A Quick MSDS-to-SDS Baseline Checklist

Listen. We won’t name names but we know that there are a few of you – maybe more than ‘a few’ – who haven’t fully made the switch from MSDSs to GHS-compliant SDSs. And even though SDSs are kind of our thing, we get it: The requirement was a big ask of business owners already juggling a lot.

In fact, while U.S. business owners were supposed to comply with OSHA’s June 1, 2015, deadline, the specific conversion requirements were confusing, ambiguous, and easily relegated to the bottom of a to-do list.

Because while the assumption has been that businesses had already satisfied the requirements in the years since the deadline, the reality is that for many, it simply wasn’t a priority, especially since OSHA inspections are rare.

But this isn’t another foreboding, ominous warning to scare you into compliance. We’re sure you know the statistics and that you’ve heard the stories about OSHA fines. We recognize that you’re busy and this may not be a priority for you – but it is our top priority.

We’re here to help so below, we’ll break down an SDS baseline checklist in order to get you compliant.

  1. The Six (6) Label Elements of a GHS SDS

  • Name
  • Address and telephone number
  • Product identifier
  • Signal word
  • Hazard statement(s)
  • Precautionary statement(s)
  • Pictogram(s)
  1. Global Compliance

While GHS is a ‘Globally Harmonized System,’ it’s important to recognize that some countries have the option to adopt and implement differently, which creates varied transition deadlines. Generally speaking, however, U.S. GHS-compliant SDSs are valid globally with a few exceptions, such as the EU. Therefore, to conduct business with an EU-based company, you would have to re-author or convert your SDSs accordingly.

  1. Trade Secrets and Proprietary Ingredients

In the U.S., OSHA allows for claims of trade secrets and proprietary ingredients on GHS-compliant SDSs. However, in addition to federal regulations, there are also state-specific requirements that may apply to your products.

And if you elect to use a service provider to facilitate your transition, identify which ingredients are proprietary at the onset of the conversion process in order to ensure protection for those ingredients.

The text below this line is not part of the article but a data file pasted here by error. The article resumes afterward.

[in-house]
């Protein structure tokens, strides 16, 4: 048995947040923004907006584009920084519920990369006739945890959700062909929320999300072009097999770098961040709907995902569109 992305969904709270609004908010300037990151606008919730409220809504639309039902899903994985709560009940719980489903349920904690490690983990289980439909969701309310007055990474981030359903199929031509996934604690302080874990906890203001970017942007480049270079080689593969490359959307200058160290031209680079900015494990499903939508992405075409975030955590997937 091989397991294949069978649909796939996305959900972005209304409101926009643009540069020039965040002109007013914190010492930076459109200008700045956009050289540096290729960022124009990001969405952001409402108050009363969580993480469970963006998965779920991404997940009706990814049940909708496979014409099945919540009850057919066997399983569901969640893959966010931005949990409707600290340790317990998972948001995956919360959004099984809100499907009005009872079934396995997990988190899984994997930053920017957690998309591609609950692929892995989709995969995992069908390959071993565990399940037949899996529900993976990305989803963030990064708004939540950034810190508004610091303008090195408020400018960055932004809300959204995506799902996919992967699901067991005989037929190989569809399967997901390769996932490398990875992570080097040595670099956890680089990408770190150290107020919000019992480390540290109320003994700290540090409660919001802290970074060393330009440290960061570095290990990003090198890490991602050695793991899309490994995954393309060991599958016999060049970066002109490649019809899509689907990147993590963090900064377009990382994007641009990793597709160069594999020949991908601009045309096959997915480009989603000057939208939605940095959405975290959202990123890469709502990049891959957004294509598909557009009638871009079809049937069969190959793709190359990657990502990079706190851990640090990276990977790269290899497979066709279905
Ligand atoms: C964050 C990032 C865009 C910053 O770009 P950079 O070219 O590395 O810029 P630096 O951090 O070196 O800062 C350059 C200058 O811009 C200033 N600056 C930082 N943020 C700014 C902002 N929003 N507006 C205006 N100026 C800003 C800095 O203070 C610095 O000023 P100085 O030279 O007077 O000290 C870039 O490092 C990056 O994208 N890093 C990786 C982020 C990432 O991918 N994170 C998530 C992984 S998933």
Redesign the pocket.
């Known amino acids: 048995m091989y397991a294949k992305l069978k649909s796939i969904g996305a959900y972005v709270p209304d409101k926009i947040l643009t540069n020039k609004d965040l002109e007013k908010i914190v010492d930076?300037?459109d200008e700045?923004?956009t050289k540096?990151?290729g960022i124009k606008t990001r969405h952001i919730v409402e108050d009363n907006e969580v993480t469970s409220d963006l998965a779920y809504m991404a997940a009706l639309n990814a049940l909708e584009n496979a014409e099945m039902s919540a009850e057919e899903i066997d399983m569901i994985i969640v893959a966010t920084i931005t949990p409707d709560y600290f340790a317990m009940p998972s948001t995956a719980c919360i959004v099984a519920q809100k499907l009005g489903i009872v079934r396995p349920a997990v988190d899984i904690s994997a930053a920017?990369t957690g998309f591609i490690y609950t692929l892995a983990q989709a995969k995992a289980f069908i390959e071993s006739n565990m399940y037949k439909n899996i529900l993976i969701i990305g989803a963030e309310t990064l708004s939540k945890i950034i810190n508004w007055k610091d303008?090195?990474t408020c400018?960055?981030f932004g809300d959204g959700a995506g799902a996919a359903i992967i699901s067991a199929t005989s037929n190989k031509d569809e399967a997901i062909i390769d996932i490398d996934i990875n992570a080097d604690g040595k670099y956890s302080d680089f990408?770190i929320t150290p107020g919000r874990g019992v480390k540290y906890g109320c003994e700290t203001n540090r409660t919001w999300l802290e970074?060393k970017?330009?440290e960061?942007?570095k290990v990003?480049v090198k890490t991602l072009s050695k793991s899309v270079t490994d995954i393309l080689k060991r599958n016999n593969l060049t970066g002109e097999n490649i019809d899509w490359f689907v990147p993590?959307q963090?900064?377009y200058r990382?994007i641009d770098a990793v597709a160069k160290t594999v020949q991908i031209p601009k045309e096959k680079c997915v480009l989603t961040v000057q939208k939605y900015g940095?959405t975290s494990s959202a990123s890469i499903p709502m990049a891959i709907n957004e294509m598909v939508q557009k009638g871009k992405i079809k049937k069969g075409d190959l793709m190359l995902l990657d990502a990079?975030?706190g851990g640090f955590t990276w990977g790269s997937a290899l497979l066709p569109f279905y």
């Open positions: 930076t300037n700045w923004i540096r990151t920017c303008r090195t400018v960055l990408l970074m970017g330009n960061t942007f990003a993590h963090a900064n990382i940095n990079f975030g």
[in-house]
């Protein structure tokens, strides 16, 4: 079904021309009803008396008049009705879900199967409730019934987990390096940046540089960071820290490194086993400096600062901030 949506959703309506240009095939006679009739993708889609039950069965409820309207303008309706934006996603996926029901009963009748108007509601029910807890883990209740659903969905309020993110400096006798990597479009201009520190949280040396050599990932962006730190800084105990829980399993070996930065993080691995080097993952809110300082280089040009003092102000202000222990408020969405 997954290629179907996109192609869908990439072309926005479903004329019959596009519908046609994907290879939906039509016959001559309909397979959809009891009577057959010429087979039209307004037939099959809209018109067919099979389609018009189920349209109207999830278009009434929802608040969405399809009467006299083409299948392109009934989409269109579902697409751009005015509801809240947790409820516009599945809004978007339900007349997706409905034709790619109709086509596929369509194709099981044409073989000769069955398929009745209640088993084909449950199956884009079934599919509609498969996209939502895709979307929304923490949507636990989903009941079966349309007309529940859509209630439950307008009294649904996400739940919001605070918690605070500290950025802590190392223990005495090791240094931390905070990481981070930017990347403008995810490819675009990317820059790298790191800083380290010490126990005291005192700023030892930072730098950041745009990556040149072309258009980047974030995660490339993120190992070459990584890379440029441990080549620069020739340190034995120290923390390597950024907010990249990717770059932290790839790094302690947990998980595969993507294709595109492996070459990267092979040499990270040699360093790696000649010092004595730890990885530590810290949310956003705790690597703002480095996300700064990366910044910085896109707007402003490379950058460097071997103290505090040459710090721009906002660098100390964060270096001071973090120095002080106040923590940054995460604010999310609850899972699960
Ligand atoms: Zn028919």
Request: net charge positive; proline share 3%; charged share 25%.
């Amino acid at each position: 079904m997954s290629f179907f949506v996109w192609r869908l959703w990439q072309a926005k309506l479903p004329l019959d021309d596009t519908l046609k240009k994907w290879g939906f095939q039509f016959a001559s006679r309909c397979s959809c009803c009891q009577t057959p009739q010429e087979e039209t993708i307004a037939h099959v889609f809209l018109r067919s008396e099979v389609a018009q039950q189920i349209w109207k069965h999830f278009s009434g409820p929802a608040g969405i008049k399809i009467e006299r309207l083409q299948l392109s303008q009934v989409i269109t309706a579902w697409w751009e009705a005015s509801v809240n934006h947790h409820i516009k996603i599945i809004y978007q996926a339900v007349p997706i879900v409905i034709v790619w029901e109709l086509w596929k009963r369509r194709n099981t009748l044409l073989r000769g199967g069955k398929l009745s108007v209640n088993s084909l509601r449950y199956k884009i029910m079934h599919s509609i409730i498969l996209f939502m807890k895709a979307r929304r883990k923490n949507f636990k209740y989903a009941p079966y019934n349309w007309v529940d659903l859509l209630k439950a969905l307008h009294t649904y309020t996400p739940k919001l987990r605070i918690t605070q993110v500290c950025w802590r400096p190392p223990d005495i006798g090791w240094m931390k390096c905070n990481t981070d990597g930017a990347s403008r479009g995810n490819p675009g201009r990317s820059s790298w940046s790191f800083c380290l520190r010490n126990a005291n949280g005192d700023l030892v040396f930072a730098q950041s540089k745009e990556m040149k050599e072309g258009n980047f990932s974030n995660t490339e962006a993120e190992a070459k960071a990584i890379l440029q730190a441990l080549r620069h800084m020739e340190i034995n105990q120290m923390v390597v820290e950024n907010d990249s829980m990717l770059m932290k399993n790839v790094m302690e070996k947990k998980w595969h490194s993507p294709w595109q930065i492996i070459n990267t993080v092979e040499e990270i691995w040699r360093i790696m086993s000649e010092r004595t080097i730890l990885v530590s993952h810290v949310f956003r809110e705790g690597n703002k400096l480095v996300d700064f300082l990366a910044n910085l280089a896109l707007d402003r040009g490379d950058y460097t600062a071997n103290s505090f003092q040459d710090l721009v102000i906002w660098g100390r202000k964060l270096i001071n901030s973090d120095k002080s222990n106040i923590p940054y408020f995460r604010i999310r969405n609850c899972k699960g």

1. Mixtures

While you aren’t required to disclose the exact percentages of mixture components, you must provide the composition information as a range of percentages, such as ‘5-10 percent.’ Further, OSHA requires that all hazardous components in excess of 1 percent be disclosed, as well as carcinogens in excess of 0.1 percent.

  1. Physical Hazards

OSHA defines a physical hazard as ‘a chemical for which there is scientifically valid evidence that it is a combustible liquid, a compressed gas, explosive, flammable, an organic peroxide, an oxidizer, pyrophoric, unstable (reactive) or water-reactive.’

Further, OSHA classifies physical hazards into 15 categories:

  • Explosives
  • Flammable Gases
  • Flammable Aerosols
  • Oxidizing Gases
  • Gases Under PRessure
  • Flammable Liquids
  • Flammable Solids
  • Self-Reactive Chemicals
  • Pyrophoric Chemicals
  • Self-Heating Chemicals
  • Chemical Which, In Contact With Water, Emit Flammable Gases
  • Oxidizing Liquids and Solids
  • Organic Peroxides
  • Corrosive to Metals
  • Combustible Dust

While this baseline checklist only scratches the surface of OSHA GHS compliance, at Global Safety Management, helping our clients be – and stay – compliant is what we do. Everything we do is straightforward and affordable and with our web-based software, your safety data sheets are always readily available, up-to-date and easy to use when and where your people and customers need them – even on mobile devices.

So if you have questions or concerns about GHS compliance or MSDS conversion, or are ready to make the switch once and for all, contact us today.